In response to the humanitarian crisis caused by russia’s military aggression in Ukraine, the Public Health Alliance, with the financial support of Cristian AID and the Disasters Emergency Committee (DEC), launched a comprehensive program of humanitarian support in Ukraine during the war and post-war reconstruction of Ukraine.
So far, the project’s first stage, which lasted 3 months from June to August, has already been successfully implemented, resulting in more than 70,000 Ukrainians receiving real assistance. The total budget of the humanitarian investment amounts to 1.4 million pounds.
The main directions are support of vulnerable communities representatives, aimed at ensuring urgent humanitarian, social, and medical needs and dignified life in crisis conditions through implementing crisis response measures.
Andriy Klepikov, executive director of the Alliance for Public Health: “In the conditions of large-scale russian military aggression, millions of Ukrainians, who were living in difficult circumstances before, found themselves on the verge of survival. A humanitarian program supported by Christian Aid directs aid to those who need it most. For those who at the moment do not receive it from the state or international organizations. In the first months of its activity, the Alliance has already supported over 75 humanitarian projects to help communities and initiative groups across the country. This is a significant investment to support and restore Ukraine, and we are grateful to our partners for their trust and support.”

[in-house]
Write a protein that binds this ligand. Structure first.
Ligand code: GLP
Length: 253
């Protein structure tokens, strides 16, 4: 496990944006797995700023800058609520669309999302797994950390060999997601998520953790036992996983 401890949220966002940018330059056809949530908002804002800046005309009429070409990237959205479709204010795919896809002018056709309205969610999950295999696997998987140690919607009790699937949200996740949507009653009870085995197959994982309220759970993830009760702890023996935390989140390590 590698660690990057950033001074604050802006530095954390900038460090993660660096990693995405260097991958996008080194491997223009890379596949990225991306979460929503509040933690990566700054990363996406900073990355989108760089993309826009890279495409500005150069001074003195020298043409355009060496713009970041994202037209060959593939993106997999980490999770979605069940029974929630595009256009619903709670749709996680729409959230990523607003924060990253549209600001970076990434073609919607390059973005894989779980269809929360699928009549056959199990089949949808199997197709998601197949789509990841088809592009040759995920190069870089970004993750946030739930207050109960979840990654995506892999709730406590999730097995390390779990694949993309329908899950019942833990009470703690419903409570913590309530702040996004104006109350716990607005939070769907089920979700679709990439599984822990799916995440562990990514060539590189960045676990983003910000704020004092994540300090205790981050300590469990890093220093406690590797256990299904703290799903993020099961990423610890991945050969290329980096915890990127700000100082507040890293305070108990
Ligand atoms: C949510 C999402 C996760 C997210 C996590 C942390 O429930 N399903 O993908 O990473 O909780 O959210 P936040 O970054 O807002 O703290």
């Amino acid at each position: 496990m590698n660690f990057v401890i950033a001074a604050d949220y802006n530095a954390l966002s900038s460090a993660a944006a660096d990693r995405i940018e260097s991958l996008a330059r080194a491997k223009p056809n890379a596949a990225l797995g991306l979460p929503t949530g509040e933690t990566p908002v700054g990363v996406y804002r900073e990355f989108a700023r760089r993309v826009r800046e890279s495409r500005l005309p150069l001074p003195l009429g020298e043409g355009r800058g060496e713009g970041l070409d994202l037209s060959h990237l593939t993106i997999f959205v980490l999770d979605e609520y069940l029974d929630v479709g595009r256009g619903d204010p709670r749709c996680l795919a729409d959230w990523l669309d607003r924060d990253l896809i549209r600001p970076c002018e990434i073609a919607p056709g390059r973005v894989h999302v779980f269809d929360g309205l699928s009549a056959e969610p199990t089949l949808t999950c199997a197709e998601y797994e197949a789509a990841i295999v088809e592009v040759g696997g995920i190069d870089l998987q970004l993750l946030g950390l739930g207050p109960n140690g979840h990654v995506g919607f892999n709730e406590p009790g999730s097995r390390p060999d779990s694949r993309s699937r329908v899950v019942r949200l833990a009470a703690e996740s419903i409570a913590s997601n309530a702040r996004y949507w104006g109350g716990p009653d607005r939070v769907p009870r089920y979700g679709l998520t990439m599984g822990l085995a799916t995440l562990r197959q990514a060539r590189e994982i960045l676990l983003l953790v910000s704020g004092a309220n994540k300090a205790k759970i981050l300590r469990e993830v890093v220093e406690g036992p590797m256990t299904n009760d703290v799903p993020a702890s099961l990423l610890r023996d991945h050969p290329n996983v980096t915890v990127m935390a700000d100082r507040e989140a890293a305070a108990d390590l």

It is worth noting that the program’s approach to solving the crisis situation is distinguished by the support of community initiatives that independently find ways to improve life in war conditions. “This is a focused support of people’s natural ability to overcome difficulties and help each other in crisis situations, and this stimulates people’s faith in their own strength, encourages, and deepens the self-esteem in the community. Communities are rebuilding new lives independently, focusing on what matters most. Our task is only to listen to the needs and provide comprehensive support.”
“It is difficult for me to recall how our family survived the war,” said Ms. Olha, a mother of several children from the village of Stary Bilous, which was occupied by the russians in March, about her experience of receiving help from the “Nation Revival” organization. “I can only say that we didn’t move anywhere. It didn’t work out because the middle child had an appendicitis attack in the first days of the war, and he had to be taken to the hospital. He spent 10 days there, and then the bridges were already blown up, and there was no way to leave. It was challenging and scary for the small children. They saw how their neighbors’ house was on fire and spent the night in the basement, which was not suitable for this (it was freezing). However, I don’t want to mention all this again. Thank you very much for your understanding, help, and support. My children and I started the necessary treatment.”
And further on – even more support for Ukrainians. The program’s primary focus is helping internally displaced people and people who suffered from military aggression in Ukraine.
Maryna Varban, head of the Humanitarian Support Program of the Alliance for Public Health:
“We see the terrible humanitarian consequences of russia’s military aggression not only on TV as the whole world does. We live in these conditions and understand the extreme need for emergency intervention and provision of operational assistance to Ukrainians affected by the war. This support is essential for Ukraine. We will use all our experience working with HIV/TB programs so that everyone who needs help receives it as soon as possible. We focus on supporting the work of shelters, evacuation from war zones, direct humanitarian and social assistance, psychological and legal support.”
Cases of implemented support:
Shelter at the Mayak children’s camp in Poltava, with the support of the Public Health Foundation.